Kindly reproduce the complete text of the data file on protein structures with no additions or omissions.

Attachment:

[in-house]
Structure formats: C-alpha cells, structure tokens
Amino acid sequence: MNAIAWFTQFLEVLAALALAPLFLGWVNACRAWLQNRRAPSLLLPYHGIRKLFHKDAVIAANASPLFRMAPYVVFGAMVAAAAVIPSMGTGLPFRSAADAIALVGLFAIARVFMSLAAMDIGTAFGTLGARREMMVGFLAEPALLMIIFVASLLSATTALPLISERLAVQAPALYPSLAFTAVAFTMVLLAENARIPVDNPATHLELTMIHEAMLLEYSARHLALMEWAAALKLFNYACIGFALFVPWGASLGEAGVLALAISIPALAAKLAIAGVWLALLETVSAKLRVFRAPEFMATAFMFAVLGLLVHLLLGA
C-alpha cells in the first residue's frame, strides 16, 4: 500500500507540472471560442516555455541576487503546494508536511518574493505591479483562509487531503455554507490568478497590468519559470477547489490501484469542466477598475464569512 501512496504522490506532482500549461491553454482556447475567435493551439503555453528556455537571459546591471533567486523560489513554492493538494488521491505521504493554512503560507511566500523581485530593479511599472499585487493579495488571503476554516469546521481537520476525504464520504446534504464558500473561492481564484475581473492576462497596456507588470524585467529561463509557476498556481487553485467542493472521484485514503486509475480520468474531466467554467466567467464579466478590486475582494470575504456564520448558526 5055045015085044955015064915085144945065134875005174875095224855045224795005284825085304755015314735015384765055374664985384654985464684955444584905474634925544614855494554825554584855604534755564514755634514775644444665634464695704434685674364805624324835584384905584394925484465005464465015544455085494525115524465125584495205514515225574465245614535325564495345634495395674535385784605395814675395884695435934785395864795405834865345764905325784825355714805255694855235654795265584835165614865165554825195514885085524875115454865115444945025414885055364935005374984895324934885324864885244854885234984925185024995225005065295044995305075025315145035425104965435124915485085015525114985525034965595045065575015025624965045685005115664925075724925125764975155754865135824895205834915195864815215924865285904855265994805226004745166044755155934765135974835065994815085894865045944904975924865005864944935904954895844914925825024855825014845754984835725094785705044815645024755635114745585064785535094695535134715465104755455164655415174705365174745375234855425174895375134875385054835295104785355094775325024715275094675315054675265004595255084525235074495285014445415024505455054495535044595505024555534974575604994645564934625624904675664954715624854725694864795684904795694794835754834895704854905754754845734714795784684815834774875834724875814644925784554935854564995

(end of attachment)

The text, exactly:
[in-house]
Structure formats: C-alpha cells, structure tokens
Amino acid sequence: MNAIAWFTQFLEVLAALALAPLFLGWVNACRAWLQNRRAPSLLLPYHGIRKLFHKDAVIAANASPLFRMAPYVVFGAMVAAAAVIPSMGTGLPFRSAADAIALVGLFAIARVFMSLAAMDIGTAFGTLGARREMMVGFLAEPALLMIIFVASLLSATTALPLISERLAVQAPALYPSLAFTAVAFTMVLLAENARIPVDNPATHLELTMIHEAMLLEYSARHLALMEWAAALKLFNYACIGFALFVPWGASLGEAGVLALAISIPALAAKLAIAGVWLALLETVSAKLRVFRAPEFMATAFMFAVLGLLVHLLLGA
C-alpha cells in the first residue's frame, strides 16, 4: 500500500507540472471560442516555455541576487503546494508536511518574493505591479483562509487531503455554507490568478497590468519559470477547489490501484469542466477598475464569512 501512496504522490506532482500549461491553454482556447475567435493551439503555453528556455537571459546591471533567486523560489513554492493538494488521491505521504493554512503560507511566500523581485530593479511599472499585487493579495488571503476554516469546521481537520476525504464520504446534504464558500473561492481564484475581473492576462497596456507588470524585467529561463509557476498556481487553485467542493472521484485514503486509475480520468474531466467554467466567467464579466478590486475582494470575504456564520448558526 5055045015085044955015064915085144945065134875005174875095224855045224795005284825085304755015314735015384765055374664985384654985464684955444584905474634925544614855494554825554584855604534755564514755634514775644444665634464695704434685674364805624324835584384905584394925484465005464465015544455085494525115524465125584495205514515225574465245614535325564495345634495395674535385784605395814675395884695435934785395864795405834865345764905325784825355714805255694855235654795265584835165614865165554825195514885085524875115454865115444945025414885055364935005374984895324934885324864885244854885234984925185024995225005065295044995305075025315145035425104965435124915485085015525114985525034965595045065575015025624965045685005115664925075724925125764975155754865135824895205834915195864815215924865285904855265994805226004745166044755155934765135974835065994815085894865045944904975924865005864944935904954895844914925825024855825014845754984835725094785705044815645024755635114745585064785535094695535134715465104755455164655415174705365174745375234855425174895375134875385054835295104785355094775325024715275094675315054675265004595255084525235074495285014445415024505455054495535044595505024555534974575604994645564934625624904675664954715624854725694864795684904795694794835754834895704854905754754845734714795784684815834774875834724875814644925784554935854564995